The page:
Cars began rolling into the Fox Wood Park parking lot at 9 a.m. sharp. Moms pulled up to the curb and the doors flew open, little children emerging with backpacks and lunch boxes.
Guiga Vieira and her kids, 7-year-old Lucas and 5-year-old Isabela, greeted them all as they arrived to walk to Trinity Elementary School together. In just a month, the walking school bus that Vieira started up has grown from a handful of participants to more than 40.
"Every week, we get two or three more families," Vieira said. "Now that they see it's working, the kids want to walk."
Trinity Elementary leaders are thrilled with the community effort to have children walk to campus, which is just three blocks from the park, rather than drive.
"It took cars out of the driveway," principal Kathryn Rushe said. "We weren't able to start school on time, we had so many cars in the car loop. This helps. It definitely helps."
Vieira, who serves on the school's advisory committee and PTO, knew the car loop problems well. She was brainstorming ideas to help resolve the situation when she saw a television news report about another school that had begun a walking school bus, which essentially is a parent-guided walk to school.
"I always thought, since we all live around here, we should carpool or walk. We live so close," she said.
She sent e-mails throughout the community, talked with friends and put a flier in the school office. The nucleus of the walking group quickly coalesced.
"I thought it was a great idea, so we applied immediately," said Liz Baldyga, whose 5-year-old twins, Bella and Palmer, walk the route daily. "It's great exercise for the kids. They get to talk and socialize. … We've definitely made some good friends (as parents), and that's definitely a bonus."
Sylvia Balile brought her daughter, first-grader Salma, for the first time Monday. Salma said she had seen the kids having fun in the park, and then walking to school, and she wanted to join.
"I was asking my mom if I could do it, then she let me do it," the 6-year-old former car rider said.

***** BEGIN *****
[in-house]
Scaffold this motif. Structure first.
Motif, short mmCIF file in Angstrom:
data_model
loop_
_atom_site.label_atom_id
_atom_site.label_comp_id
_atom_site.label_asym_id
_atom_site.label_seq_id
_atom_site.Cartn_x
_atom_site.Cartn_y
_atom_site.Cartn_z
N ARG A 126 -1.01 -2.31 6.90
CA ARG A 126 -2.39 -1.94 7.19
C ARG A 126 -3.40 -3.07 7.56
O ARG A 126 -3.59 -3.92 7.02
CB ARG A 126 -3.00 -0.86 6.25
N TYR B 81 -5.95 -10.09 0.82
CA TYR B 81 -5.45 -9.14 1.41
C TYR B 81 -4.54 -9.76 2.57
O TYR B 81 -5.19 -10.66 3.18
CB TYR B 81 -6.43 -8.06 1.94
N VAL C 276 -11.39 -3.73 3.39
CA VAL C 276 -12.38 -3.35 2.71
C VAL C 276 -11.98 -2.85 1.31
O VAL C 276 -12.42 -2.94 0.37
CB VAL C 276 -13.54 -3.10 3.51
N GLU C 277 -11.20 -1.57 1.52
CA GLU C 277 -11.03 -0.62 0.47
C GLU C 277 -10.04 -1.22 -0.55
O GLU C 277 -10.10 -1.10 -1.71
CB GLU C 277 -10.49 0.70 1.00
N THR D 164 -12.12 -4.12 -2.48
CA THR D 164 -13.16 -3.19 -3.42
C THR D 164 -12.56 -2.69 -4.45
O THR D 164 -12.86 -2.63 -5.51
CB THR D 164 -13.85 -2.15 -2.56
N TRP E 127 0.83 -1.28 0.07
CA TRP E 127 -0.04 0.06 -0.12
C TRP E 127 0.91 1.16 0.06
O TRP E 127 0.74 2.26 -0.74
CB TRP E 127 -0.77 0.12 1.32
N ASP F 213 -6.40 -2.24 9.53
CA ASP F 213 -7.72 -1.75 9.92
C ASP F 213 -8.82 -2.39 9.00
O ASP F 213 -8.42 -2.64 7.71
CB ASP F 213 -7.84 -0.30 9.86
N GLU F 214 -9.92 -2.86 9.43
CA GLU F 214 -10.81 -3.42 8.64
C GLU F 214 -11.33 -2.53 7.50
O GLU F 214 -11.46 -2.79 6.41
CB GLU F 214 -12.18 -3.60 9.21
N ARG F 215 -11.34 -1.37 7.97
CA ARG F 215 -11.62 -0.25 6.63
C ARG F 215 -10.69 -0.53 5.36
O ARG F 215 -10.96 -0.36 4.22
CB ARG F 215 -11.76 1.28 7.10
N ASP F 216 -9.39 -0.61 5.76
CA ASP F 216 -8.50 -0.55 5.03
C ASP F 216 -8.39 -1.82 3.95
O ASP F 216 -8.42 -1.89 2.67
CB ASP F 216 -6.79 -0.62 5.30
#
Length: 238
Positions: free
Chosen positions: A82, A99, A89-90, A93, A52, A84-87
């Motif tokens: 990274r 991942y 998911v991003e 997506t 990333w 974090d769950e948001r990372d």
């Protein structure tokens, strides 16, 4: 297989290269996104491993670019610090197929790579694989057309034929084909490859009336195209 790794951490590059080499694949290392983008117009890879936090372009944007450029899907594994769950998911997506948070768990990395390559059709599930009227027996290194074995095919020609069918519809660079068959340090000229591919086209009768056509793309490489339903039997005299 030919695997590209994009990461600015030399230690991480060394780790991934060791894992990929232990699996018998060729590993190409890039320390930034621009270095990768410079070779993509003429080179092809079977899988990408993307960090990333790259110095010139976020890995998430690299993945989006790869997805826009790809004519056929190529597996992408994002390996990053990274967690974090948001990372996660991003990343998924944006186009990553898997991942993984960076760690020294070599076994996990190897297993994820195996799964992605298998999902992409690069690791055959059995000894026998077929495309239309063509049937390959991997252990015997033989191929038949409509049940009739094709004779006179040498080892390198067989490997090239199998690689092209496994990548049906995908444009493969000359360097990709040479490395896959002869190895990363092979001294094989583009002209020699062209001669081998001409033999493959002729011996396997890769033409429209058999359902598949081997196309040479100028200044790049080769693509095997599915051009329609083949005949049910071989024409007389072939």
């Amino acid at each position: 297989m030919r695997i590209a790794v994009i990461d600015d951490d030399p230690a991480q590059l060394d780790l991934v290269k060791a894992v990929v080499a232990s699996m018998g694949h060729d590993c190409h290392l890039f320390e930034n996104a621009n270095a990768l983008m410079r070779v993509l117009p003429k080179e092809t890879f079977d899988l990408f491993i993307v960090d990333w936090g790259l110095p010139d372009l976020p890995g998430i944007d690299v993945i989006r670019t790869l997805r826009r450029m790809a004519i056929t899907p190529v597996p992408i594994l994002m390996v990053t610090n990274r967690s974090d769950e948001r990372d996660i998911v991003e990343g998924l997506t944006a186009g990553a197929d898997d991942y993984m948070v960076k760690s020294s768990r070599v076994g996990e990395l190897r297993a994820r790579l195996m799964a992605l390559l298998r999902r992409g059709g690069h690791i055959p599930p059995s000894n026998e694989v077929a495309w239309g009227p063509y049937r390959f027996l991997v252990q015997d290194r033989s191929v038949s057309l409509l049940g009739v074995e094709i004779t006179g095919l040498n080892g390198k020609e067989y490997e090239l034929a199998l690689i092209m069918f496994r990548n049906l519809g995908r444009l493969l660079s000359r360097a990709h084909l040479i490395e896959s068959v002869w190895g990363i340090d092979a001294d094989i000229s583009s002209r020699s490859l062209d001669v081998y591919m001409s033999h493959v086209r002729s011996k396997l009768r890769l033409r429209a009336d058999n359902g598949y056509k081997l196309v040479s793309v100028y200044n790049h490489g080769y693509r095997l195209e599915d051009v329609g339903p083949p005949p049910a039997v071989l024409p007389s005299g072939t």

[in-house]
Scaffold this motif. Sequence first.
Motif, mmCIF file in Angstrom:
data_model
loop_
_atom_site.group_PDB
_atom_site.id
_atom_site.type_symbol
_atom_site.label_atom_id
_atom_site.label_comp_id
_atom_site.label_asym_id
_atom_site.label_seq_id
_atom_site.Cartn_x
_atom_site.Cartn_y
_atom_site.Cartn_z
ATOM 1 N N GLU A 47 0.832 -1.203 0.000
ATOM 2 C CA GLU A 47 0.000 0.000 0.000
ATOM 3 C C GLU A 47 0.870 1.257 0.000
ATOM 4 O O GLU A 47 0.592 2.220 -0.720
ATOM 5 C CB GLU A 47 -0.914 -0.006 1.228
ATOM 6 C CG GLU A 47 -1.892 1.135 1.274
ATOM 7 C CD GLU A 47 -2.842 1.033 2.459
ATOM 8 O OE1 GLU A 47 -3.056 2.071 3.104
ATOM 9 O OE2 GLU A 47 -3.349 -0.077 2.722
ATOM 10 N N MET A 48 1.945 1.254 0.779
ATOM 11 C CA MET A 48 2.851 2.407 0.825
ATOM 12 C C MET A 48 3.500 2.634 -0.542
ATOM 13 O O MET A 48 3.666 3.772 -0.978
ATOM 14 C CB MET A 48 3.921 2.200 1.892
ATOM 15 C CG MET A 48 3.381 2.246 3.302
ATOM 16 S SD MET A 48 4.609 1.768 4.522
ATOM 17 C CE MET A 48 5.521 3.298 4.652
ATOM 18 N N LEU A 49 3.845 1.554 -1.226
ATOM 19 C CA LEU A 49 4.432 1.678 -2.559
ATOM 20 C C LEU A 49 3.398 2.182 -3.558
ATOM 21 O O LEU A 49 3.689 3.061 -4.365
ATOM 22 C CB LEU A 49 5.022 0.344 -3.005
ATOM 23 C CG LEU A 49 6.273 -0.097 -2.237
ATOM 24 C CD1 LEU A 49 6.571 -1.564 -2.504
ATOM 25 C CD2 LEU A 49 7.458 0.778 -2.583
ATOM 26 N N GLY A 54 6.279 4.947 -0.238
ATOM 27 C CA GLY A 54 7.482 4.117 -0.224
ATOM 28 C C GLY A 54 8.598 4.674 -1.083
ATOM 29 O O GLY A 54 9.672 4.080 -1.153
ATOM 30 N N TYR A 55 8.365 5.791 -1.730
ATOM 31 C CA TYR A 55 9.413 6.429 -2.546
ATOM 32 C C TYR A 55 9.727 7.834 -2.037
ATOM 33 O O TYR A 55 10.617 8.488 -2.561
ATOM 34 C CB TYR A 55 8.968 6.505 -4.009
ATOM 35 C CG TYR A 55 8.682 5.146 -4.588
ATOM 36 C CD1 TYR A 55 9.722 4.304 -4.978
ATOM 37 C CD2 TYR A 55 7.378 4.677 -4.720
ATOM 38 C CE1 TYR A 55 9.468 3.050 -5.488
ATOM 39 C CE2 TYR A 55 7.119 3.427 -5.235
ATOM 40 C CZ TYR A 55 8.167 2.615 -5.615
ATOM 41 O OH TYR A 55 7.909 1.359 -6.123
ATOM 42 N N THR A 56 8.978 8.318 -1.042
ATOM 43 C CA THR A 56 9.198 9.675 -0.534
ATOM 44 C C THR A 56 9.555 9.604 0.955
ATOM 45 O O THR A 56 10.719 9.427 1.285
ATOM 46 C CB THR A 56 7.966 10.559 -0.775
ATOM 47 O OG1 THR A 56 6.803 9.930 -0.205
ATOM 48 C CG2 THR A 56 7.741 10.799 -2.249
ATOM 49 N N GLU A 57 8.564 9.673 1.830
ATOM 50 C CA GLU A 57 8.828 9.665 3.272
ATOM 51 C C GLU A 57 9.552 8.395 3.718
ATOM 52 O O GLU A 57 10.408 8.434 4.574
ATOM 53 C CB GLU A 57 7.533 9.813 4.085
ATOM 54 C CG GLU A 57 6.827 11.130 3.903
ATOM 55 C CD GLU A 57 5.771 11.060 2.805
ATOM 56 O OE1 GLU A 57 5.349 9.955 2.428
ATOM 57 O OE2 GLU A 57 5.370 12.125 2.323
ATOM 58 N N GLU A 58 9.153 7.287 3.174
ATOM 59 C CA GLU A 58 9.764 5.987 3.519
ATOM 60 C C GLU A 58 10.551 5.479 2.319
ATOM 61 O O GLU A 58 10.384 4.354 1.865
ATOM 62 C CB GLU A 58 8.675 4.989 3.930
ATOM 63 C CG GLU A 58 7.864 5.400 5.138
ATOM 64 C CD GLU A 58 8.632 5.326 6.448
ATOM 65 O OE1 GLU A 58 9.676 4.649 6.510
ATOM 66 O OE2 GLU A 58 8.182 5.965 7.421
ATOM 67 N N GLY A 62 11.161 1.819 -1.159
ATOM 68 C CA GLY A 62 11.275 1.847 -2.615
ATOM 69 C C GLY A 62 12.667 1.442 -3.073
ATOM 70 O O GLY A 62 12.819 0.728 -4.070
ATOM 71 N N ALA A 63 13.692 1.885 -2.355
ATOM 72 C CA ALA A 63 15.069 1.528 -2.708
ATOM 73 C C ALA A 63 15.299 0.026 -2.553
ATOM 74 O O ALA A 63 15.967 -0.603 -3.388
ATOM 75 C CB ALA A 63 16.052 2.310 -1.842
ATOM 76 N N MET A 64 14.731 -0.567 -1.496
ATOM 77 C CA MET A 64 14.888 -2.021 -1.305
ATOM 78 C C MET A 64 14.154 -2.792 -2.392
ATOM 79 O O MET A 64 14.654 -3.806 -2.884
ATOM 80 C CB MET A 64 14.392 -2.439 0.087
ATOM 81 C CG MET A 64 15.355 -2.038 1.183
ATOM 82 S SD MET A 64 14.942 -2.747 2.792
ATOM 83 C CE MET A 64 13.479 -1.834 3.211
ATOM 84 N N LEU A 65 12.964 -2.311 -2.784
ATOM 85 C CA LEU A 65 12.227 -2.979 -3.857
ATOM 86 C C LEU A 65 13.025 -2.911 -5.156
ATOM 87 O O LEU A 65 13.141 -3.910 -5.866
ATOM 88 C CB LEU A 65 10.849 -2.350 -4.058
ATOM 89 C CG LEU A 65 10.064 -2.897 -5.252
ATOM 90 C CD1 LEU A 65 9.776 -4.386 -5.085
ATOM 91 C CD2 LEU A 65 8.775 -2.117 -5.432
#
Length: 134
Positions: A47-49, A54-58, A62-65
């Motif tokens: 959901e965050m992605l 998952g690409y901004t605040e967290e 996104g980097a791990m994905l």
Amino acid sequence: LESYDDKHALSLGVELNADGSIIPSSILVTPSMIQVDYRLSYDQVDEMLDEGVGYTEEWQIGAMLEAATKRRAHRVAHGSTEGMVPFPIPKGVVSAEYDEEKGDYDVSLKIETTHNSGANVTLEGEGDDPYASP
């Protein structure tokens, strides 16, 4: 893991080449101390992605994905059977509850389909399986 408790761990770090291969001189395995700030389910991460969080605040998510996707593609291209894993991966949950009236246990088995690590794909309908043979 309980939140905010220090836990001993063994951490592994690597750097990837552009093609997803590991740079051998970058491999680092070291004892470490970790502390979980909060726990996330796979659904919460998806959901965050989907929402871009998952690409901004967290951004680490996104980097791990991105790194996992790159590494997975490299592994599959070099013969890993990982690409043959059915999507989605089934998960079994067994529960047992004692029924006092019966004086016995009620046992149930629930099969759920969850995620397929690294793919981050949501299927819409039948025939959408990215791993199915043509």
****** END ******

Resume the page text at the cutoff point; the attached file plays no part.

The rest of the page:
"We wanted to try it," her mom said. "We see they are very happy when they walk and pass by."
At 9:15 a.m, Vieira tells all the children to stop playing ball and ring around the rosy and follow the leader. The time has come to pick up school stuff and head out.
One mom takes the lead, followed by a bunch of kids with a mom in the middle and another at the end. Some sing, some hold hands as they leave the park to make the short trip to school.
There are plenty of rules to follow, Isabela Vieira reports: No running. No screaming. No pushing. No fighting. No walking in the grass.
But it's still a good time, Isabela says, because "rule No. 1 is have fun." The big downside, she adds, is "if you want to go potty, there's no potty."
The group marches down the narrow sidewalk along Duck Slough Boulevard, with Palmer Baldyga shouting "Bike!" every time a bicycle approaches. The walkers quickly slide to the left to allow the bicycles to pass, then they refill the sidewalk and continue toward school until Palmer shouts again, "More bikes!"
Ten minutes after starting off, the walking school bus arrives at school. The kids give Vieira high-fives as they filter into campus and make their way to their classrooms.
Salma decides she "pretty much" likes the walking school bus, and says she'll ask her mom to let her keep going — at least on Mondays.
Vieira checks to make sure everyone who started the walk finished it.
She then delivers the names of all the children who will be returning to the park in the afternoon to Rushe's office, so the afternoon walking school bus volunteer moms know who to expect at the 3:50 p.m. bell.
Jeffrey S. Solochek can be reached at email@example.com or (813) 909-4614. For more education news, visit the Gradebook at blogs.tampabay.com/schools.